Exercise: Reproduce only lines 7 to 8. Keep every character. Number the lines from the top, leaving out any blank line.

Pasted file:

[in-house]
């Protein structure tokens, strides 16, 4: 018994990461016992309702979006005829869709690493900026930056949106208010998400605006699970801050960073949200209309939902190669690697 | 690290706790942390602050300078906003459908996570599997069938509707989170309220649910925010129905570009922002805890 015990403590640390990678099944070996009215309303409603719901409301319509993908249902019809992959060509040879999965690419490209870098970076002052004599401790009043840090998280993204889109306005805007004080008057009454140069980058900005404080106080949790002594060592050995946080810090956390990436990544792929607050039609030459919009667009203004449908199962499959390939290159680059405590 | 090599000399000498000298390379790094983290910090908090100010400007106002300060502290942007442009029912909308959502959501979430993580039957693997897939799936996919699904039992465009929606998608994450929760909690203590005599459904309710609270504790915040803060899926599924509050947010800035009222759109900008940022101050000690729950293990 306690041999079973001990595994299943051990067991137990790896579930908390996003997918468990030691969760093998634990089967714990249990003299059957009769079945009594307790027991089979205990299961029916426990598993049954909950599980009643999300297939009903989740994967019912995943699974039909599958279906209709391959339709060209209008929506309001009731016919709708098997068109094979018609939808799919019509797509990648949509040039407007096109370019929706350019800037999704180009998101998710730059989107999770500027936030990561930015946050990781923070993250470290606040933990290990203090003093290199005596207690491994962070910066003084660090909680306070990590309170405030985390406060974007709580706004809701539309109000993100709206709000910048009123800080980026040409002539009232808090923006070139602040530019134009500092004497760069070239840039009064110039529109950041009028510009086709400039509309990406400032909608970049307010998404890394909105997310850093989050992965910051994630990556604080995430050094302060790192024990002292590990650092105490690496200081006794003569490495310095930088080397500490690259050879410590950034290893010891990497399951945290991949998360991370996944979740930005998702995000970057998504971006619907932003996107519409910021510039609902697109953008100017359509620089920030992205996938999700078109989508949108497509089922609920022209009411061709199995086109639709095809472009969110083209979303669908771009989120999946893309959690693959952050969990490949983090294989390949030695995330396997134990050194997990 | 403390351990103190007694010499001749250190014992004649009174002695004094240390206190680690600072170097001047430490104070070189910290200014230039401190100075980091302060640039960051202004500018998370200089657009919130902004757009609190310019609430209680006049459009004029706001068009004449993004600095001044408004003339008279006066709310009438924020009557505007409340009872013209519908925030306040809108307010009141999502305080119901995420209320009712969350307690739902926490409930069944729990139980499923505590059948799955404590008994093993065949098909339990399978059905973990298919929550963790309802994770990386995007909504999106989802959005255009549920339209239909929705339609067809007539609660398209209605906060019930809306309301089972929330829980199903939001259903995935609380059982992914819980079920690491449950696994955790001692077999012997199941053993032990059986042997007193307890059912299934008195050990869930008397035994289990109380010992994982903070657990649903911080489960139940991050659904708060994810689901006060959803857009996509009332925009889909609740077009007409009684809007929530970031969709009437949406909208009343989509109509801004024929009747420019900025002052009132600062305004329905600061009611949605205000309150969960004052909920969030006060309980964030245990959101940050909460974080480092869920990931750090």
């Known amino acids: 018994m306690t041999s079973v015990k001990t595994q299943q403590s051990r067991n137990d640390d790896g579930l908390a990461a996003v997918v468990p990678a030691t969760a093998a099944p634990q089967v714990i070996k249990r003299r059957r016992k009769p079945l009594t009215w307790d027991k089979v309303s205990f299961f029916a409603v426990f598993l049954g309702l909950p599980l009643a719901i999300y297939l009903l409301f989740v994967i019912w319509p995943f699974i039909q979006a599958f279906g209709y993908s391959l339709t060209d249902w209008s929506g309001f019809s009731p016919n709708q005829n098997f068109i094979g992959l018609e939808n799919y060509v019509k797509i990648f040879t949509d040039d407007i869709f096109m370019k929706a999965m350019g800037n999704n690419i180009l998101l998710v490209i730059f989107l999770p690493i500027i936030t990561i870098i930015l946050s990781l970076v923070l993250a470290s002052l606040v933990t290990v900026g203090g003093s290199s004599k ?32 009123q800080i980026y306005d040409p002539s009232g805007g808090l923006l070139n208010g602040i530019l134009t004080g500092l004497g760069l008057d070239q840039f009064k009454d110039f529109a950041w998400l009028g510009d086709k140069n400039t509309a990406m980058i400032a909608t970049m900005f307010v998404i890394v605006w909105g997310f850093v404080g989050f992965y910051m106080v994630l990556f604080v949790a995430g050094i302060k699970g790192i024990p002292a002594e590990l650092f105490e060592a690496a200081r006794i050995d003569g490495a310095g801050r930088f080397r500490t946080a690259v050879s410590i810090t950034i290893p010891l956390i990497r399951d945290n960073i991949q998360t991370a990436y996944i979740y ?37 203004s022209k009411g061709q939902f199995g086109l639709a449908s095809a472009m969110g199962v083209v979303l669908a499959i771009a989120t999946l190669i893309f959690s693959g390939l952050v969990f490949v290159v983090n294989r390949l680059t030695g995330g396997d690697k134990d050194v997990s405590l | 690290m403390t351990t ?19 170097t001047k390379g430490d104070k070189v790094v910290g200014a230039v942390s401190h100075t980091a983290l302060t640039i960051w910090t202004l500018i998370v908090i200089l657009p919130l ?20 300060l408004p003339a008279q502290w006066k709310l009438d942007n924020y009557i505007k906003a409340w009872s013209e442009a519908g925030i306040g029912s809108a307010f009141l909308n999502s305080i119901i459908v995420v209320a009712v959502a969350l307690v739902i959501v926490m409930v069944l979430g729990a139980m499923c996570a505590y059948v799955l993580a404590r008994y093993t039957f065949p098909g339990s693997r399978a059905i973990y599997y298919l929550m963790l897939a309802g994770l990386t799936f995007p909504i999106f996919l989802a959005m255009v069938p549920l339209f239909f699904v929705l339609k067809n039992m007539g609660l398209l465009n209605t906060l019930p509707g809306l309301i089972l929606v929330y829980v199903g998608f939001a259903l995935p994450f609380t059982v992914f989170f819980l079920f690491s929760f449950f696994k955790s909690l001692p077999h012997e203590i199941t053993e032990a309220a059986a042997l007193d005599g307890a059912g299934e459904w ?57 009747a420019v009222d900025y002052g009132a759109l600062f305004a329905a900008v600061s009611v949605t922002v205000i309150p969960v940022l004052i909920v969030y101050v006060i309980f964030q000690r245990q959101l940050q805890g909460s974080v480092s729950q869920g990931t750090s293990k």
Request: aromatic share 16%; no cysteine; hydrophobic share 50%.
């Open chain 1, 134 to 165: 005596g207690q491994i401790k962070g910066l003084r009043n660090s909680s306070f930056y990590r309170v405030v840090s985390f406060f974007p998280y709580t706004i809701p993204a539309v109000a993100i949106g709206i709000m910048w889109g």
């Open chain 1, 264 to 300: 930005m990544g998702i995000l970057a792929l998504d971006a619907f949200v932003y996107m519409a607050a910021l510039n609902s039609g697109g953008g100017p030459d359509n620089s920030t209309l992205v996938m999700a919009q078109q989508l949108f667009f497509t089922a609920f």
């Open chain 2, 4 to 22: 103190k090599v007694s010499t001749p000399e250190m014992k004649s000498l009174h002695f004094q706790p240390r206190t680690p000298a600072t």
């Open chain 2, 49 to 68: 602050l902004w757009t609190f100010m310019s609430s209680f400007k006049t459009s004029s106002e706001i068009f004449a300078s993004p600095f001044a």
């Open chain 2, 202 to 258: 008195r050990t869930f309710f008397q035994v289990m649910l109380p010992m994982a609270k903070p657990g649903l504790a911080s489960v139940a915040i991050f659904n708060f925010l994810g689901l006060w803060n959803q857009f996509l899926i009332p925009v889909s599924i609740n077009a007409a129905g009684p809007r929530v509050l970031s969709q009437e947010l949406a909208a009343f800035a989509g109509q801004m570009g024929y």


């Open chain 2, 4 to 22: 103190k090599v007694s010499t001749p000399e250190m014992k004649s000498l009174h002695f004094q706790p240390r206190t680690p000298a600072t």
């Open chain 2, 49 to 68: 602050l902004w757009t609190f100010m310019s609430s209680f400007k006049t459009s004029s106002e706001i068009f004449a300078s993004p600095f001044a």